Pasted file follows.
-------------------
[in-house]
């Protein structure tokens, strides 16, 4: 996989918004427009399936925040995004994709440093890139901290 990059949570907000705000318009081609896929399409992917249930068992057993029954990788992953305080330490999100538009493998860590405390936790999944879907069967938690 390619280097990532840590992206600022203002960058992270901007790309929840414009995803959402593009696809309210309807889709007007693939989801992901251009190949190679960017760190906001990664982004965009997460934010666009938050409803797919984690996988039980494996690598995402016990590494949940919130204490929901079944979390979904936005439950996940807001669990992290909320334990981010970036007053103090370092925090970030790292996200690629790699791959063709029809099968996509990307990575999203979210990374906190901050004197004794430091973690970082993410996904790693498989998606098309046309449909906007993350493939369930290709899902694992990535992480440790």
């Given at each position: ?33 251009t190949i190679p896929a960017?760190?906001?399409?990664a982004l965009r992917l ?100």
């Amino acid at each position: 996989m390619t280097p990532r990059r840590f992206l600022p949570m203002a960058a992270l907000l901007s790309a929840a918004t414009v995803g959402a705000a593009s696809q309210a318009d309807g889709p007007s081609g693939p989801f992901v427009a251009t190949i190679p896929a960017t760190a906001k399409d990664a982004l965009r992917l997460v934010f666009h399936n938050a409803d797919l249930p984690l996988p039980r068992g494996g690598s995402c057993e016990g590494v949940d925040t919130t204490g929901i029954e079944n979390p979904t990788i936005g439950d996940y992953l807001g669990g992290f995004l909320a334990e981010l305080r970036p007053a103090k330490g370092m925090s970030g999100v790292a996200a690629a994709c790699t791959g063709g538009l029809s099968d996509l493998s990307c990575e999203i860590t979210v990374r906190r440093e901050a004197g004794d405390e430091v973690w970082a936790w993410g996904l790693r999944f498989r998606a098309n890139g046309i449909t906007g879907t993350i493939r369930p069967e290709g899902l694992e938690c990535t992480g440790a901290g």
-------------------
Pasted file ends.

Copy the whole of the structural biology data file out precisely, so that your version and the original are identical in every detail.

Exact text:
[in-house]
């Protein structure tokens, strides 16, 4: 996989918004427009399936925040995004994709440093890139901290 990059949570907000705000318009081609896929399409992917249930068992057993029954990788992953305080330490999100538009493998860590405390936790999944879907069967938690 390619280097990532840590992206600022203002960058992270901007790309929840414009995803959402593009696809309210309807889709007007693939989801992901251009190949190679960017760190906001990664982004965009997460934010666009938050409803797919984690996988039980494996690598995402016990590494949940919130204490929901079944979390979904936005439950996940807001669990992290909320334990981010970036007053103090370092925090970030790292996200690629790699791959063709029809099968996509990307990575999203979210990374906190901050004197004794430091973690970082993410996904790693498989998606098309046309449909906007993350493939369930290709899902694992990535992480440790």
């Given at each position: ?33 251009t190949i190679p896929a960017?760190?906001?399409?990664a982004l965009r992917l ?100």
């Amino acid at each position: 996989m390619t280097p990532r990059r840590f992206l600022p949570m203002a960058a992270l907000l901007s790309a929840a918004t414009v995803g959402a705000a593009s696809q309210a318009d309807g889709p007007s081609g693939p989801f992901v427009a251009t190949i190679p896929a960017t760190a906001k399409d990664a982004l965009r992917l997460v934010f666009h399936n938050a409803d797919l249930p984690l996988p039980r068992g494996g690598s995402c057993e016990g590494v949940d925040t919130t204490g929901i029954e079944n979390p979904t990788i936005g439950d996940y992953l807001g669990g992290f995004l909320a334990e981010l305080r970036p007053a103090k330490g370092m925090s970030g999100v790292a996200a690629a994709c790699t791959g063709g538009l029809s099968d996509l493998s990307c990575e999203i860590t979210v990374r906190r440093e901050a004197g004794d405390e430091v973690w970082a936790w993410g996904l790693r999944f498989r998606a098309n890139g046309i449909t906007g879907t993350i493939r369930p069967e290709g899902l694992e938690c990535t992480g440790a901290g």